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Pursuing inclusive capitalism


The Scottish philosopher Adam Smith believed in the idea that man should be given the liberty to pursue his own interest so long that he does not violate the laws of justice; as it is in the pursuit of enlightened self-interest that he can contribute to the good of society.


The free-market economy has allowed societies to flourish, providing the needed services of the people, while also producing jobs, unlocking new markets, unfolding opportunities, and greatly contributing to a state’s progress. However, certain forms of capitalism have also caused economic disparity between the very wealthy and the rest of the population.


In the pursuit of inclusive and equitable economic growth, the idea of inclusive capitalism has emerged. It calls for companies, corporations, the business sector, to go beyond profit, to pursue the greater cause of contributing to a sustainable, equitable society.


Companies, investors, corporations must profit, but the idea of inclusive capitalism is to do so while addressing the needs of society. It’s profiting minus the greed. It’s ensuring that the wealth the company produces benefits not only the employers but also the employees, not only the shareholders, but also the stakeholders.


Making the economy better for everyone


The World Economic Forum (WEF) calls it stakeholder capitalism, wherein a company must serve not only its shareholders, but also its employees, customers, suppliers, the communities where it exists, and society as a whole—meaning, all its stakeholders.


In 2020, WEF released the Davos Manifesto, a set of ethical principles to guide companies in the Fourth Industrial Revolution. It states that a company must support fair competition and a level playing field. It must have zero tolerance for corruption, treat its people with dignity and respect, and uphold human rights in the entire supply chain. It should pay its fair share of taxes and serve the society at large through its activities. A company’s performance must be measured not only on the return to shareholders, but also on attaining its environmental, social, and good governance objectives.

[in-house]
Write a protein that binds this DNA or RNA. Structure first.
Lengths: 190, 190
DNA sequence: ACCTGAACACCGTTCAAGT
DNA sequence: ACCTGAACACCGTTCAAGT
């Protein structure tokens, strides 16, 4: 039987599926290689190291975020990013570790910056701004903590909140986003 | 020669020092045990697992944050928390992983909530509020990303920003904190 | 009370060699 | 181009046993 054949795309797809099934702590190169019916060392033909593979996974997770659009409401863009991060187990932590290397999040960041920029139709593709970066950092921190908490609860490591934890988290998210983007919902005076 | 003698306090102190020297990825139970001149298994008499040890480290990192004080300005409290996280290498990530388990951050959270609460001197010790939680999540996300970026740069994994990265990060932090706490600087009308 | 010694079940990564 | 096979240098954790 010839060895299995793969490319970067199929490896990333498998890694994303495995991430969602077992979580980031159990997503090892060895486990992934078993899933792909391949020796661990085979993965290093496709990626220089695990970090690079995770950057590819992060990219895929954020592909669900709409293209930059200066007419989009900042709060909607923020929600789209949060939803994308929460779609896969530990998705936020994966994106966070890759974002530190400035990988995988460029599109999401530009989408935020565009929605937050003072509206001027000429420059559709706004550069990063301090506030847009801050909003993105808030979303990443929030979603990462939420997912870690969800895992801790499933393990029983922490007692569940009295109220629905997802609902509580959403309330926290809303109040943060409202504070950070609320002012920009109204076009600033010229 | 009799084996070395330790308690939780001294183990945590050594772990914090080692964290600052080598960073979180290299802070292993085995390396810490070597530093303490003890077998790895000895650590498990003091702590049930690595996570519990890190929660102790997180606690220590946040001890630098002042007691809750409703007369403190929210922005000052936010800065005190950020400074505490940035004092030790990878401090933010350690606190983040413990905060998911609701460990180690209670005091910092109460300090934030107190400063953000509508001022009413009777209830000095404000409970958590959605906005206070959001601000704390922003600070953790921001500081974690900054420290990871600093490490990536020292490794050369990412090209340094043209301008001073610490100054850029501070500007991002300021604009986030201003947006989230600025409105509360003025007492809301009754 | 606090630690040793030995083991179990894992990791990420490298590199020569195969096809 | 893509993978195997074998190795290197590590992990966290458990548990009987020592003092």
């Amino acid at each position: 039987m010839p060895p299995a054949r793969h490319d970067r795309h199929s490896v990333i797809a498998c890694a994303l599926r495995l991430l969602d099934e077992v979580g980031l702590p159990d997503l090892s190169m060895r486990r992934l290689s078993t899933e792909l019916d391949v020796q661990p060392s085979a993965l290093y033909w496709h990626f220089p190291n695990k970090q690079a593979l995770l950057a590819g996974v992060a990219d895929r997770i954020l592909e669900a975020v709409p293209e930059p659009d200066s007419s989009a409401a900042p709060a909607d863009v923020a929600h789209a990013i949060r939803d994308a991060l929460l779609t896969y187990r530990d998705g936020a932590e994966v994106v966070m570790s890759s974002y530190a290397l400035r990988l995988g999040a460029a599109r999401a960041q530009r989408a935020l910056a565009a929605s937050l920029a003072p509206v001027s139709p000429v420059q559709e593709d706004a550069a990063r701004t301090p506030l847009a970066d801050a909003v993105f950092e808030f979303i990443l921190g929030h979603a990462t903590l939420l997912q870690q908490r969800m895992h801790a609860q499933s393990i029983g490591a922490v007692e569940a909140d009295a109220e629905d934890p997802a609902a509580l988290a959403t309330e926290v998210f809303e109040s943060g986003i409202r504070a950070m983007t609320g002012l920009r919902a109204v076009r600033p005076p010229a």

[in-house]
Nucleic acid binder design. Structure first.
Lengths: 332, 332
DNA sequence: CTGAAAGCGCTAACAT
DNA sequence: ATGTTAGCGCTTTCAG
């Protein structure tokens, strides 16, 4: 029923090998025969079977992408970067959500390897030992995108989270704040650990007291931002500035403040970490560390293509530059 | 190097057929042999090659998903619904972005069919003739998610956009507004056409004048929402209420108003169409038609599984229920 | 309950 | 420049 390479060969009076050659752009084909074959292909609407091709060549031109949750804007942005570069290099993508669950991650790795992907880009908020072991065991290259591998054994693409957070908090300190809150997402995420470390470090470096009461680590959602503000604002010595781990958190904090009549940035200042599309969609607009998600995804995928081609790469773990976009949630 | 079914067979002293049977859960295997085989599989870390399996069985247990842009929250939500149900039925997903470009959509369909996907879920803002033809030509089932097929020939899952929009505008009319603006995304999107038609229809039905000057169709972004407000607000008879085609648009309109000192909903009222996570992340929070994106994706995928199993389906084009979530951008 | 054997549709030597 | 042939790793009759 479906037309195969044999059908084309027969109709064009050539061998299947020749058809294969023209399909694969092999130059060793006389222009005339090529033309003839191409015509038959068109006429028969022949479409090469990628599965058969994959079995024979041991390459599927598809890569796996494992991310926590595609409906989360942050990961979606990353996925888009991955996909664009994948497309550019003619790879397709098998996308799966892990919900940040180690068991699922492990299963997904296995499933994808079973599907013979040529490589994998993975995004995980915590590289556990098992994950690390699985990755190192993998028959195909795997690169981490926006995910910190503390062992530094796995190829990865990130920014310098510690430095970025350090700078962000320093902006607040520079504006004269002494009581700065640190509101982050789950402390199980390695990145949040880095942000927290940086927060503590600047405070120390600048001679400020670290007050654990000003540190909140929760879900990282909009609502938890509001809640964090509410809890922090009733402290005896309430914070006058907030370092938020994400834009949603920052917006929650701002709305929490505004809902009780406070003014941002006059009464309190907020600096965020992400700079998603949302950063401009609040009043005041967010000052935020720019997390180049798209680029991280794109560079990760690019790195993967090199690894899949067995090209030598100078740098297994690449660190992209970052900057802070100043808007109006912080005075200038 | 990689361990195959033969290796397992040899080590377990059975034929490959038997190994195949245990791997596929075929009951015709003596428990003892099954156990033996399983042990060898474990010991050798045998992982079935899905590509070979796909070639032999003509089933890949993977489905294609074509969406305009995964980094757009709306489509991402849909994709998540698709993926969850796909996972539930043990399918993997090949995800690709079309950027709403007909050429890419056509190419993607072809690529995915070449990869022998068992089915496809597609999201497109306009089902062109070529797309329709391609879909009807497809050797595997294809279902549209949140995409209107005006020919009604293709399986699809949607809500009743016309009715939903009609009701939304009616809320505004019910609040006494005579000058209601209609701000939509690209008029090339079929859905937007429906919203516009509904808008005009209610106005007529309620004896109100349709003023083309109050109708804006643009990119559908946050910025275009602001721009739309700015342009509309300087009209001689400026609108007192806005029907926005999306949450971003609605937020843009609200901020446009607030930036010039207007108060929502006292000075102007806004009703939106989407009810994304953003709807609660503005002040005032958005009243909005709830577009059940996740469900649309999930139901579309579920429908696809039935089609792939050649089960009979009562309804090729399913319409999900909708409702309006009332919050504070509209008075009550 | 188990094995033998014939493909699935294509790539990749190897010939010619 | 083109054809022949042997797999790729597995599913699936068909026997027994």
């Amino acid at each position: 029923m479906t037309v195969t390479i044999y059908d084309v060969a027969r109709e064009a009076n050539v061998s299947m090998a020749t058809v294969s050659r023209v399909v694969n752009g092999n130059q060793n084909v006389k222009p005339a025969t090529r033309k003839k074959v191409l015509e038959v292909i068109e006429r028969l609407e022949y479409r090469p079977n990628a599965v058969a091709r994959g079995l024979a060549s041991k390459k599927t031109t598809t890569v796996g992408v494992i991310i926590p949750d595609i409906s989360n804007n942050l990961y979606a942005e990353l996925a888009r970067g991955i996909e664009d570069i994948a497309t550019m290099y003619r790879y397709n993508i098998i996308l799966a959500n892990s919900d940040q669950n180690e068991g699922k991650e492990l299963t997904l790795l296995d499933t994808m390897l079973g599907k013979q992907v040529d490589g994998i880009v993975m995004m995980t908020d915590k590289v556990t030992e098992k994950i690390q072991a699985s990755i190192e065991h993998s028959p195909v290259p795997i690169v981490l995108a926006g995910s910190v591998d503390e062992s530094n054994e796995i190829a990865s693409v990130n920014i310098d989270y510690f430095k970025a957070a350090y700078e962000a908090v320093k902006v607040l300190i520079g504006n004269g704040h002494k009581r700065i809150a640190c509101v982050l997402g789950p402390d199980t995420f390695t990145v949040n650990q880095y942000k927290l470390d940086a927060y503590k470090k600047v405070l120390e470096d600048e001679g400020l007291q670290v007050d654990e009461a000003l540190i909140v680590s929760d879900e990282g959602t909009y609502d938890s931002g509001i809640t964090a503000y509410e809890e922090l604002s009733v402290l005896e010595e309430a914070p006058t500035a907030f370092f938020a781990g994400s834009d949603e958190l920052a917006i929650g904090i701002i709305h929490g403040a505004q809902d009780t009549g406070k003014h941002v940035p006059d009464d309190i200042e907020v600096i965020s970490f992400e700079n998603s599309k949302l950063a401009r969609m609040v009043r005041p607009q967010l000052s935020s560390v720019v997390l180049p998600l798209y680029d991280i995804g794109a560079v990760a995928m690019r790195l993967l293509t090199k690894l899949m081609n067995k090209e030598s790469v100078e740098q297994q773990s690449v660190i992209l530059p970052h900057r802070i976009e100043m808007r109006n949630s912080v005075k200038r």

Inclusive capitalism is more than just corporate social responsibility (CSR), although this is not to discredit the impact of CSR to many individuals and communities. But businesses, in order to be inclusive, must not only give back to the community, but also work with the community. We have to see it as a mutually beneficial partnership—a business thrives through the support of its customers and the community that it operates in. In return, a business must consider how its operations affect the community, including the environment. 


Another important aspect of this capitalism is the participation of employees beyond the work stated on their contracts. Aside from providing fair pay and benefits, building an inclusive business means allowing employees to be part of decision-making. When employees feel that their opinions matter, and that they see their recommendations being considered, they feel that they have a stake in the company. This develops into a deeper sense of commitment to ensure the company’s progress and the achievement of its vision.



Embracing diversity

Embracing diversity is an integral part of inclusive capitalism. It does not mean merely employing more women, people of color, persons with disabilities, or members of the LGBTQIA+ community. Simply put, it is seeing past the physical, and focusing more on the talent and skills that a person has to offer.


In its 2018 report, “Delivering through diversity,” McKinsey & Company found that diverse companies perform better. Organizations in the top quartile with gender-diverse executive teams were 21 percent more likely to experience above-average profitability than companies in the fourth quartile. Meanwhile, organizations with ethnic and culturally diverse leadership are 33 percent more likely to outperform their peers.


Diversity allows for higher performance and profits of companies because it increases a company’s productivity and creativity. 


Essentially, in pursuing inclusive capitalism, we are making choices that will make the economy better for everyone, we are allowing everybody to participate, we are encouraging success of every individual, and in doing so, each and every one can contribute to the good of society.

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